Celebrating almost 11 years since the release of the first Assassin’s Creed game featuring the master Assassin himself, Ezio Auditore da Firenze, comes a new book from Hachette Partworks, claiming to be “The Complete Character Guide”. Actually, book may be the wrong word here, as even on Hachette’s own website this new publication is called a “Bookazine”; basically what we have here is a slim volume paperback, just a bit thicker than most magazines, which claims to be able to tell us all we wish to know about the characters that inhabit the world of the three Assassin’s Creed games that star Ezio. These, as I’m sure anyone who’s ever played a game will know, are Assassin’s Creed 2, Assassin’s Creed: Brotherhood and Assassin’s Creed: Revelations. So, lets flick through the pages and see what’s what, shall we?

The bookazine is split into three sections, one for each of the games, and it does certainly look the part, with beautiful illustrations throughout. In fact, there are a lot more pictures than there are words, and apart from a brief paragraph about important characters and parts of the games, it is very word light indeed. 

Each of the three sections, and therefore each of the three games, is laid out in roughly the same way. First off, there is a section setting the scene of the game in question, showing you what has happened to make Ezio into the man he is today. In the first section, covering Assassin’s Creed 2, this is obviously the death of Ezio’s family at the hands of the Templars, which sets the path for the rest of his life. It then goes on to list the various people that help him through his mission, ranging from his mother, Maria, to the genius that is Leonardo da Vinci. Each character gets a portrait and a brief outline about who they are, and what they do. 

The same is true for Ezio’s named enemies, from Umberto Alberti, whose betrayal caused Ezio’s family’s deaths, to Rodrigo Borgia, who found the Apple of Eden and ultimately had his life spared by Ezio in an in-game twist I personally didn’t agree with. The rest of the section is made up of a precis of the story, detailing all the key events that take place, along with a section on the environments of the game, such as the great Sistine Chapel. Again, these are beautifully illustrated, and go to show what a great looking bundle of games the Assassin’s Creed series has been. The last section in each part of the book is a breakdown of all the gadgets and weaponry that Ezio gets his hands on, along with important artifacts like the Apple and the Staff of Eden.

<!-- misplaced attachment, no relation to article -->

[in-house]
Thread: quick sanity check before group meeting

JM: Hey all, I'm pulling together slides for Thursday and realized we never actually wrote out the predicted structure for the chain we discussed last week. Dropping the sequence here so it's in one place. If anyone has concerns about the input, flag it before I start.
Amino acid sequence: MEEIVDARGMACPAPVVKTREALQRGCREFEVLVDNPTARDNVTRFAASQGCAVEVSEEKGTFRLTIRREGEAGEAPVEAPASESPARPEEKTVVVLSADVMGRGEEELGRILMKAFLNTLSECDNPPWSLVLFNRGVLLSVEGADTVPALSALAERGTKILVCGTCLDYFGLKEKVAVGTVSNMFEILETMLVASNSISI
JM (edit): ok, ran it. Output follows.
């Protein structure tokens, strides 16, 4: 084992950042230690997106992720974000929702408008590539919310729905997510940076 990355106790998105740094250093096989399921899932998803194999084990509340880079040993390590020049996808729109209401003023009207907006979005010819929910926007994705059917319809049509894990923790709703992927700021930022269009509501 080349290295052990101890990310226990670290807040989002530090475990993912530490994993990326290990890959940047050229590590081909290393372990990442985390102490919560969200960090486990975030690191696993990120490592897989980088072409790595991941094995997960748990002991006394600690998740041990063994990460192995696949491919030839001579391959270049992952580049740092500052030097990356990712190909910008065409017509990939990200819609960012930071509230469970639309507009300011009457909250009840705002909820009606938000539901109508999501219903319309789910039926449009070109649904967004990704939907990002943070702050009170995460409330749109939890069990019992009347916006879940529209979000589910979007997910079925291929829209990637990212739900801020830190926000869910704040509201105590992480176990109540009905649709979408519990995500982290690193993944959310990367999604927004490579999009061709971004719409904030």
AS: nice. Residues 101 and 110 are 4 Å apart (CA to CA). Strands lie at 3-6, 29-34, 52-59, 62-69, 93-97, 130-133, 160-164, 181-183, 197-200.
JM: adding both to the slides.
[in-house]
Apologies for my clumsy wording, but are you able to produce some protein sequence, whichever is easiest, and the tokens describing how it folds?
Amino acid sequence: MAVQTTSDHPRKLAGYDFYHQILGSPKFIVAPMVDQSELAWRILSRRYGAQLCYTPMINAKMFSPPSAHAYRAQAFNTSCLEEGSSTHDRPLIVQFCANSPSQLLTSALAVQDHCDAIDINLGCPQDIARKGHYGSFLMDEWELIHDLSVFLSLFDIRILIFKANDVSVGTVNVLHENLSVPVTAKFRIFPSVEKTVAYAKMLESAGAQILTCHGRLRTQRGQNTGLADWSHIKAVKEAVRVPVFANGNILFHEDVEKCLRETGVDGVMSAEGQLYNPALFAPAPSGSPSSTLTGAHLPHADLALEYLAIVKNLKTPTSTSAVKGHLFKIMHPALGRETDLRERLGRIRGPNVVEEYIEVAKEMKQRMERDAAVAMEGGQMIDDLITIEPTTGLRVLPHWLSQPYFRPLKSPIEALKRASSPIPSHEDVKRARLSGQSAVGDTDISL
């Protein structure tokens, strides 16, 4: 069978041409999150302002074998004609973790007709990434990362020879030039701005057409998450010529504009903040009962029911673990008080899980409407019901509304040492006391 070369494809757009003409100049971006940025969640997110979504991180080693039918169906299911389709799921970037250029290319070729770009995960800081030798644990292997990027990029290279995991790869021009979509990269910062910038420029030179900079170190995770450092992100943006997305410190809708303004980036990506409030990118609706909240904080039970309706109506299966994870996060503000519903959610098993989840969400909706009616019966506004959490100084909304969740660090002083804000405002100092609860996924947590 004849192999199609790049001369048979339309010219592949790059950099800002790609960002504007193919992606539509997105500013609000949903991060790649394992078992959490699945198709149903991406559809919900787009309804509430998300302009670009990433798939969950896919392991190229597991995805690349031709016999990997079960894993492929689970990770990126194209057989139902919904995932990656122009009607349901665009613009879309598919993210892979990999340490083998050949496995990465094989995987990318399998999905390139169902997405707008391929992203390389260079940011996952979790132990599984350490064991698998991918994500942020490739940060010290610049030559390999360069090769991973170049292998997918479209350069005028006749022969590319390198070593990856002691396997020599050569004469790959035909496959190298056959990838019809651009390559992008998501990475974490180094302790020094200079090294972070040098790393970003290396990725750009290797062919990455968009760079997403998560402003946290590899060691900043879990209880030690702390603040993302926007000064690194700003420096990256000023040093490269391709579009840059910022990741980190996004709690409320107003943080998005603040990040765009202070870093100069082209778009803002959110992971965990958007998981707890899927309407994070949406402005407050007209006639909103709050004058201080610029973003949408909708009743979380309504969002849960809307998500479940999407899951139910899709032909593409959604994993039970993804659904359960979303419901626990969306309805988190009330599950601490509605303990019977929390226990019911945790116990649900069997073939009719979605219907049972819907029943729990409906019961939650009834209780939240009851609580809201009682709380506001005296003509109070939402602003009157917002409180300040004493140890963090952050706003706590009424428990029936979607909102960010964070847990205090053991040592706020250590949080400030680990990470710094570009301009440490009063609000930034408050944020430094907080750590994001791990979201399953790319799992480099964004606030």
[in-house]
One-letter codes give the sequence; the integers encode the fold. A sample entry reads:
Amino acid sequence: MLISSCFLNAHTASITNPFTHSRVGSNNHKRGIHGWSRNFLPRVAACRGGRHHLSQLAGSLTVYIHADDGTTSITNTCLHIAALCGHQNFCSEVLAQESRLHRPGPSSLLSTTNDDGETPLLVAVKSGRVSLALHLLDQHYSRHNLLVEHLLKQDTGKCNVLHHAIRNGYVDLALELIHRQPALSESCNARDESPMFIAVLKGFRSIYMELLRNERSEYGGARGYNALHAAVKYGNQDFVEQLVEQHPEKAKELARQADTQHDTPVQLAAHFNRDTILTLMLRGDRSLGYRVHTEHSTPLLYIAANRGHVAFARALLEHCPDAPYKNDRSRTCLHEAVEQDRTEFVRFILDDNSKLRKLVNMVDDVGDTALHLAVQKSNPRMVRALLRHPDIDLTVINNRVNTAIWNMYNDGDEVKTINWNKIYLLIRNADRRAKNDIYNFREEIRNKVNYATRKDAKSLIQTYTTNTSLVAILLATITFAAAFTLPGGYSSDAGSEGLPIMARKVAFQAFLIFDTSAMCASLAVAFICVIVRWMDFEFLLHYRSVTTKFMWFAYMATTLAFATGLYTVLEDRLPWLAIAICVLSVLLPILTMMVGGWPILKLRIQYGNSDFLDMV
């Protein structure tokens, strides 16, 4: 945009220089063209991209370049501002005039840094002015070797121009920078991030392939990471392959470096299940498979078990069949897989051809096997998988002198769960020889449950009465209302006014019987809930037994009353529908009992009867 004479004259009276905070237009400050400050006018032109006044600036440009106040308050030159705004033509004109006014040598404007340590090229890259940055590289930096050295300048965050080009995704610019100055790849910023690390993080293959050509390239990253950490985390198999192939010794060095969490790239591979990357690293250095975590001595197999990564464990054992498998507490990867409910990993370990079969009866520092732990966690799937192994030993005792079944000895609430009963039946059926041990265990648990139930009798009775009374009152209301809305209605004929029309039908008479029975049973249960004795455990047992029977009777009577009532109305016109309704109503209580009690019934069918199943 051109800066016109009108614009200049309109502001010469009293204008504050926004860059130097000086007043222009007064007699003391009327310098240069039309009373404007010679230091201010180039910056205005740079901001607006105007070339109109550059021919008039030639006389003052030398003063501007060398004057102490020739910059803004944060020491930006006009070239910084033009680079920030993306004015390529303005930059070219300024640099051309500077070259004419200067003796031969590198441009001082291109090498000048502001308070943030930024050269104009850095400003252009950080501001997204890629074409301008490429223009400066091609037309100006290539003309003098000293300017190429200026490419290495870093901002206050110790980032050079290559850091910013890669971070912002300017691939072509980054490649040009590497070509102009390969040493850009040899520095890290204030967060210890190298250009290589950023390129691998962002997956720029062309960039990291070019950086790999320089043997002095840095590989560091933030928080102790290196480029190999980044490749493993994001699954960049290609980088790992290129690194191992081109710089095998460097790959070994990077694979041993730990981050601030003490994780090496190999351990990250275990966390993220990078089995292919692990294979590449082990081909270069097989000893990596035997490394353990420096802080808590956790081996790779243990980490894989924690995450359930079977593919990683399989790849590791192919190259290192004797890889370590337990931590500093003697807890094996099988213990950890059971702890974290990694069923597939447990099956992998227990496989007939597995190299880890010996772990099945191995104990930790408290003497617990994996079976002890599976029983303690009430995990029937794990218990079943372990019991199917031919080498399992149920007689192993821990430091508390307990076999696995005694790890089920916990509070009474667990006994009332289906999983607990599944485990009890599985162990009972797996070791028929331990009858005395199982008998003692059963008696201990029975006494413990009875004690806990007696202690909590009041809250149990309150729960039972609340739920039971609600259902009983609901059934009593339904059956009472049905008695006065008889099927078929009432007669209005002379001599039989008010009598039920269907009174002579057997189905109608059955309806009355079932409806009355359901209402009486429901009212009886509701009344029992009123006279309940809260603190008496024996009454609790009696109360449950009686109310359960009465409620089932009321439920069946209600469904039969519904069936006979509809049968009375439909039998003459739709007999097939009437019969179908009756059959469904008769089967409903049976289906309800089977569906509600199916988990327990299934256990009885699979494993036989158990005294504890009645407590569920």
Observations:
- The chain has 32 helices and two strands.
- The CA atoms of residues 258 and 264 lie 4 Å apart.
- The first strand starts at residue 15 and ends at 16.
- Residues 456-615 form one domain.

This is repeated for all three games, and certainly allows for a real trip down memory lane, particularly as it has been a while since I played any of these games. Being reminded of some of the epic fights, or even just some of the famous buildings that Ezio can clamber up to get the lay of the land, delivered a smile to my face. There are obviously spoilers in here though, so if you haven’t finished working your way through AC2, Brotherhood or Revelations it may be best to avoid reading. For those who have though, it’s just a well presented retrospective of Ezio’s career as an Assassin. 

So, should you shell out for this book? Well, that’s a tough one to advise on, as it depends entirely on how much of a fan of the games you are. For instance, I have all The Assassin’s Creed series of novels, by Oliver Bowden, Christie Golden, Matthew Kriby and Gordon Doherty. I really enjoyed reading them, mostly as they are novelisations of the games basically, but are able to flesh out the characters a bit more than can be done in a cutscene. This isn’t what is on offer here however, as this is just a collection of facts about the second, third and fourth games in the whole series. It is by no means a vital purchase, but it is very well presented and may have that little titbit of information about a character or about the Greek Fire that you may have forgotten. If you are a rabid Assassin’s Creed and Ezio fan, then this is a no-brainer, but for the rest there’s not, as far as I can see, any actual new information on offer here. It looks great and it isn’t too heavy, but it’s light on actual words and with a price on the cover of $25 it did make me take a sharp intake of breath. The choice is however yours, and if you’re a fan then Hachette Partworks’ Assassin’s Creed: The Ezio Collection bookazine should suffice. 

Massive thanks go out to Hachette Partworks for providing a copy of the Assassin’s Creed: The Ezio Collection bookazine for review. If you wish to pick up a copy for yourself, pay them a visit direct.

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